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Illegal Immigration Activists Who Harassed Sinema in Public Bathroom Will Face Charges

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In yet more fallout from one of the biggest political self-owns in recent memory, police have recommended charges be filed against four left-wing activists who recorded themselves harassing Arizona Democrat Sen. Kyrsten Sinema while she was in a bathroom stall and then uploaded the exchange to social media.

According to AZFamily.com, police at Arizona State University confirmed Wednesday they had submitted misdemeanor charges against four people to the Maricopa County Attorney’s Office. KTAR-TV reported the office is reviewing the charges.

The incident occurred Oct. 3 at ASU’s Phoenix campus, where Sinema teaches a class.

Activists from Living United for Change in Arizona — a group that focuses on activism on behalf of illegal immigrants — first confronted Sinema in a classroom, then followed her to a restroom after she pushed past them.

The individuals in the video attacked her for refusing to support President Joe Biden’s proposed $3.5 trillion spending plan as well as a Democrat-backed immigration bill that would provide amnesty to millions of illegal aliens, among other things.

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“We knocked on doors for you to get you elected. Just how we got you elected, we can get you out of office if you don’t support what you promised us,” a LUCHA activist yelled in the video.

“I was brought here to the United States when I was 3 years old and in 2010 my grandparents both got deported because of SB 1070,” the activist, identified as Blanca in a tweet, continued. “And I’m here because I definitely believe that we need a pathway to citizenship.”

Sinema proceeded to emerge from the stall, wash her hands and walk past the protesters.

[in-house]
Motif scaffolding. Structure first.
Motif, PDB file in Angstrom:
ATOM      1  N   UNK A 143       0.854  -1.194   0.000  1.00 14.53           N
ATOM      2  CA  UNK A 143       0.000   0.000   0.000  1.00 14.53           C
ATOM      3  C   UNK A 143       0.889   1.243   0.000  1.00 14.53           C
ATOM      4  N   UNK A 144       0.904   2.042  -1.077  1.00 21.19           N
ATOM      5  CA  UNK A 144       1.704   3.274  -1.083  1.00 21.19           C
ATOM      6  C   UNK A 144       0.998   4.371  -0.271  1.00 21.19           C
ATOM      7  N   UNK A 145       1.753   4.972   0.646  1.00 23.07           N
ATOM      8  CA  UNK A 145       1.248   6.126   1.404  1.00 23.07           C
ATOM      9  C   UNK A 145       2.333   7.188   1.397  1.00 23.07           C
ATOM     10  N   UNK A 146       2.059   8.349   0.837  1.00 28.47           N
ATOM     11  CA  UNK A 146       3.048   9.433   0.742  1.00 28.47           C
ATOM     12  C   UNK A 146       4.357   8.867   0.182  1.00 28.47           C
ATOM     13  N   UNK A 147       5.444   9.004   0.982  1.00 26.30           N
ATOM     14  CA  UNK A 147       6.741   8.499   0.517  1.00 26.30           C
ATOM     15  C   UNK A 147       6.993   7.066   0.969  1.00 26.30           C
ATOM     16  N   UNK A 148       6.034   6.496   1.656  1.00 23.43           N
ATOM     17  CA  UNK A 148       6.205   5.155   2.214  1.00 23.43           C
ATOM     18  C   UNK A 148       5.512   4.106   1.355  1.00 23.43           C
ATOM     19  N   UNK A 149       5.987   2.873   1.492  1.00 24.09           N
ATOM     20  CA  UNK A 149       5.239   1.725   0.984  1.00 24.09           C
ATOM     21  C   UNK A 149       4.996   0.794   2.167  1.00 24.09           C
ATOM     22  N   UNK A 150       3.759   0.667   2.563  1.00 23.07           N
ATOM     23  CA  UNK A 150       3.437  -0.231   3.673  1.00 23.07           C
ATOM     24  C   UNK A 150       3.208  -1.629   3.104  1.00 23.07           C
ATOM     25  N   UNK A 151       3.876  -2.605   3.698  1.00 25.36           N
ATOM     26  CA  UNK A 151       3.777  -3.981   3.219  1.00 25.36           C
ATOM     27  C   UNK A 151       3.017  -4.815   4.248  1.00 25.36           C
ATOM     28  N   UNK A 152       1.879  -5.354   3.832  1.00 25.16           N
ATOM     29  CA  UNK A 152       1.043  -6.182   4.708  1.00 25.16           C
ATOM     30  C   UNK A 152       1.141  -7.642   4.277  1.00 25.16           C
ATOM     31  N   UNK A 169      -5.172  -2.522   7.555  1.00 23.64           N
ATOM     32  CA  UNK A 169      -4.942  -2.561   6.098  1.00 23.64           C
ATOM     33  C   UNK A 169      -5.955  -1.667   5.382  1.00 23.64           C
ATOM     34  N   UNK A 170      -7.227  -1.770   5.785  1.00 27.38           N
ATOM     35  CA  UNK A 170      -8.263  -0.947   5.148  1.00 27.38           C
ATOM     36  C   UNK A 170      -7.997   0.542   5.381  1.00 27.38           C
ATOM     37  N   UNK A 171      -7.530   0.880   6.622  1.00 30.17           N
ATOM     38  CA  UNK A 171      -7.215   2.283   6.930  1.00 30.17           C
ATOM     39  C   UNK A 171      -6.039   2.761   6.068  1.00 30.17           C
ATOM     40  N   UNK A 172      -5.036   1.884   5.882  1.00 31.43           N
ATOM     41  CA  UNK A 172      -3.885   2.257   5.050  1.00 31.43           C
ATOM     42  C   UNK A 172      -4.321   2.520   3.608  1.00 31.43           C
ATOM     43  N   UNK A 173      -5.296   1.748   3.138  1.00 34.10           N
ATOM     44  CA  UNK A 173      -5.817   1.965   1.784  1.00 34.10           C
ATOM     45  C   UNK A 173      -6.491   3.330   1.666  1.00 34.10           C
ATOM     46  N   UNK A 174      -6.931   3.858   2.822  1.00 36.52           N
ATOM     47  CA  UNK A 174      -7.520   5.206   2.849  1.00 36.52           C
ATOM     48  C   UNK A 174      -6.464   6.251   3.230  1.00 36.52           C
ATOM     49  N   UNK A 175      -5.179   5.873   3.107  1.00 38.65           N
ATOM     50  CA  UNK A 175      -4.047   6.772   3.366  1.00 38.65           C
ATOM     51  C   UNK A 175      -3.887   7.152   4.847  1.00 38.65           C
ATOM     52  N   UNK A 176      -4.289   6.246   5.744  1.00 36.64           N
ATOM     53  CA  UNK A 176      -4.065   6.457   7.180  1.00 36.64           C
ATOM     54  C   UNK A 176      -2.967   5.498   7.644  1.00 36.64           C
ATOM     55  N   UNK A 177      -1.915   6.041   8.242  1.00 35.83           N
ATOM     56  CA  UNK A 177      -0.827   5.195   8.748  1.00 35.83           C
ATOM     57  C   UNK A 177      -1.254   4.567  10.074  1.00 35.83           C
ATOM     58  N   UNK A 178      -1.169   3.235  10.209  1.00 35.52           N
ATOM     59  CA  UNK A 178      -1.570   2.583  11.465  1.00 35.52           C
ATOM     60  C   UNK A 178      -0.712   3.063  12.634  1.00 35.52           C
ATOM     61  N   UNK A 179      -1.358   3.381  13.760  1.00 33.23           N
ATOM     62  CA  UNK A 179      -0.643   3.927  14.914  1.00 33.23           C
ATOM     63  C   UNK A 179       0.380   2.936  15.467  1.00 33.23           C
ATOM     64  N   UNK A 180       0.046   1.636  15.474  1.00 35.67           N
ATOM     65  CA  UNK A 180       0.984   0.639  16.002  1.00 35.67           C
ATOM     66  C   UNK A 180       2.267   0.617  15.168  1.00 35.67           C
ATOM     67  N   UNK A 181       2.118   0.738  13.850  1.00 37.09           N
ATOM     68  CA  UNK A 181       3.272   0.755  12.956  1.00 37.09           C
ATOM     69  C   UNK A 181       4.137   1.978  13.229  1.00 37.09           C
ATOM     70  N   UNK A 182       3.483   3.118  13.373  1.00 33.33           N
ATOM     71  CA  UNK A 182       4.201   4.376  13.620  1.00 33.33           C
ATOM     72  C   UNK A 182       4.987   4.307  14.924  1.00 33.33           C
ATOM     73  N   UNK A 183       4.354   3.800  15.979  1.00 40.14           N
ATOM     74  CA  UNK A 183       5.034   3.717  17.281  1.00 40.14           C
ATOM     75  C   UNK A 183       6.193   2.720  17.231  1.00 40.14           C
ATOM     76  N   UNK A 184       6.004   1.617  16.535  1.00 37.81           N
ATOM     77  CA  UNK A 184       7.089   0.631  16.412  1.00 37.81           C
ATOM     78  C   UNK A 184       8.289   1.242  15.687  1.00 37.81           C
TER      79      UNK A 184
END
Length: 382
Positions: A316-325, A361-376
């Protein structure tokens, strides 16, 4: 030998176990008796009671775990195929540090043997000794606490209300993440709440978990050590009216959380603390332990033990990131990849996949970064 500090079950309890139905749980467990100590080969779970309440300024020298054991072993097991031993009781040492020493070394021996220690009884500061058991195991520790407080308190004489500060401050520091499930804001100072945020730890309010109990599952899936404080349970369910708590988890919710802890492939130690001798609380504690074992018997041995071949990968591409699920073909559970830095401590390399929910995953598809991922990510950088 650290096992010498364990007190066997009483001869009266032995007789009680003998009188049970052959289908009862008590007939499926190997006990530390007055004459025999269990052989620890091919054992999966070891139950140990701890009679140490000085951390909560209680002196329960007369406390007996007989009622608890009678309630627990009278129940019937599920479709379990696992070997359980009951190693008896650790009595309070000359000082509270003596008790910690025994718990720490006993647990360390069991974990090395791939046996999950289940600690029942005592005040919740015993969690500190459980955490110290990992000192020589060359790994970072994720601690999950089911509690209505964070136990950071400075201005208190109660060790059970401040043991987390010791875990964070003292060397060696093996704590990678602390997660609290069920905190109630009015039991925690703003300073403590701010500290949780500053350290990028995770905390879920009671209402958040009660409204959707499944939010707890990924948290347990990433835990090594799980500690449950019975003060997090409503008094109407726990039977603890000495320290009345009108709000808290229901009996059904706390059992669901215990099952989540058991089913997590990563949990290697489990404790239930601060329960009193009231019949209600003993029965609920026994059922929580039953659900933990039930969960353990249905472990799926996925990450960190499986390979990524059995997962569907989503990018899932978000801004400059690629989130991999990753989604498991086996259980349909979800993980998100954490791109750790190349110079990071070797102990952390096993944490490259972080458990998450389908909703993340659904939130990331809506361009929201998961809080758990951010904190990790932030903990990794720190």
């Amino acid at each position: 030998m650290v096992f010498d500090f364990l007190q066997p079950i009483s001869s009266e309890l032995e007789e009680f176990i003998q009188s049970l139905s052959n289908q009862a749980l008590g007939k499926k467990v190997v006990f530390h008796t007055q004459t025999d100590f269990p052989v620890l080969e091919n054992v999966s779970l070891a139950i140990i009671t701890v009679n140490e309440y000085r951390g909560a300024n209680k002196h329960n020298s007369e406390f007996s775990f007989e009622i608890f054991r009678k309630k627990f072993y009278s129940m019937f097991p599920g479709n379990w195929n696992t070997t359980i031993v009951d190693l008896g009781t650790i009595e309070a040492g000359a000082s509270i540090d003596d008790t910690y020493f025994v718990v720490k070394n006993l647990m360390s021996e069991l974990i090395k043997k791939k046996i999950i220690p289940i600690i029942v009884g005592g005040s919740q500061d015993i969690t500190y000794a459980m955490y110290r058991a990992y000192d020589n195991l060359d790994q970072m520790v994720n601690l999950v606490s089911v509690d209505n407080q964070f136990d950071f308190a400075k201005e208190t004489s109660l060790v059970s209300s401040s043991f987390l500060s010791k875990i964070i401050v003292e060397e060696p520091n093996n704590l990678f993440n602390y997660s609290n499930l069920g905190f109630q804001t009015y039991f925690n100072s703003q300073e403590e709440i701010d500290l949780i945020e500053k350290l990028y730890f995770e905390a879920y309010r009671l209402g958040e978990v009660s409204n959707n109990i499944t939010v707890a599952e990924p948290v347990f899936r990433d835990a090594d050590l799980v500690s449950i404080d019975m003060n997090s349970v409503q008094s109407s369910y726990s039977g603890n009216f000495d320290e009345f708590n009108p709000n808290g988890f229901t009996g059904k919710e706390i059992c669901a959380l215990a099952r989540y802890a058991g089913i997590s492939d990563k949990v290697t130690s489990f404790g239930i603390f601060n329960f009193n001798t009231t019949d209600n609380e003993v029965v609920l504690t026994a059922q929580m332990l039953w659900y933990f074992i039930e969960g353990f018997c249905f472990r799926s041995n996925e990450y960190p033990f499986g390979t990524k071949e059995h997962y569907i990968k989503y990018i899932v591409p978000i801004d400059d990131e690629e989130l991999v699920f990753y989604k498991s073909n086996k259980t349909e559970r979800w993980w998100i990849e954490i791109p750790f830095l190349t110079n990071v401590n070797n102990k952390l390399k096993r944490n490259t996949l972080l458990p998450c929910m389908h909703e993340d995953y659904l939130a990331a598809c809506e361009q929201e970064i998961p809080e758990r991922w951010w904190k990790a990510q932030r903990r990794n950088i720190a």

The Arizona senator would later release a statement saying the bathroom ambush “was not legitimate protest.”

“It is unacceptable for activist organizations to instruct their members to jeopardize themselves by engaging in unlawful activities such as gaining entry to closed university buildings, disrupting learning environments, and filming students in a restroom,” she said.

Legal implications aside, the incident was already a self-own for LUCHA and the left.

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In an echo chamber, yes, perhaps toilet-based harassment of a sitting U.S. senator counts as a W. The reason this one reverberated far past the walls of the hard-left echo chamber, however, wasn’t just Sinema’s name value. Even by the low standards of political civility we’ve set for ourselves in space year 2021, yelling at a politician while she tried to use the lavatory still manages to shock us — and this is to say nothing of the security threat it represented.

Then there was the Democrats’ fumbled response on this. Remember: Even though she isn’t a down-the-line team player, Sinema is still on the roster. Would they prefer the alternative, Republican Martha McSally? Or whoever replaces Sinema if she goes hard-left like LUCHA wants and then loses in 2024 because of it?

Thus, the optics were less-than-ideal when President Joe Biden’s dishwater-mild “condemnation” of the incident included his claim that “it happens to everybody. The only people it doesn’t happen to are people who have Secret Service standing around them. So it’s part of the process.”

That would have sounded cretinous even if it weren’t coming from a guy who has Secret Service standing around him at all times.

Unfortunately, this “part of the process” potentially broke several laws. For one, access to the building is restricted and requires a key card. It’s unclear whether the LUCHA activists are students or had access, but Sinema accused the activists of “deceptively entering a locked, secure building” in her statement. An Arizona law also bans recording an individual in a bathroom.

Should these activists be charged with a crime?

However, none of the activists will face charges for illegally recording in a bathroom, according to the Arizona Republic. The charges submitted to the Maricopa County Attorney’s Office include disorderly conduct and disruption of an educational institution misdemeanors for all four activists.

What will Maricopa County do? That remains to be seen.

However, if the counterproductive infamy and the threat of a trip through the legal system are enough to convince other elements of the fringe left that trying to pass off this kind of tawdry harassment as activism simply isn’t worth it, consider this one a win.

This article appeared originally on The Western Journal.

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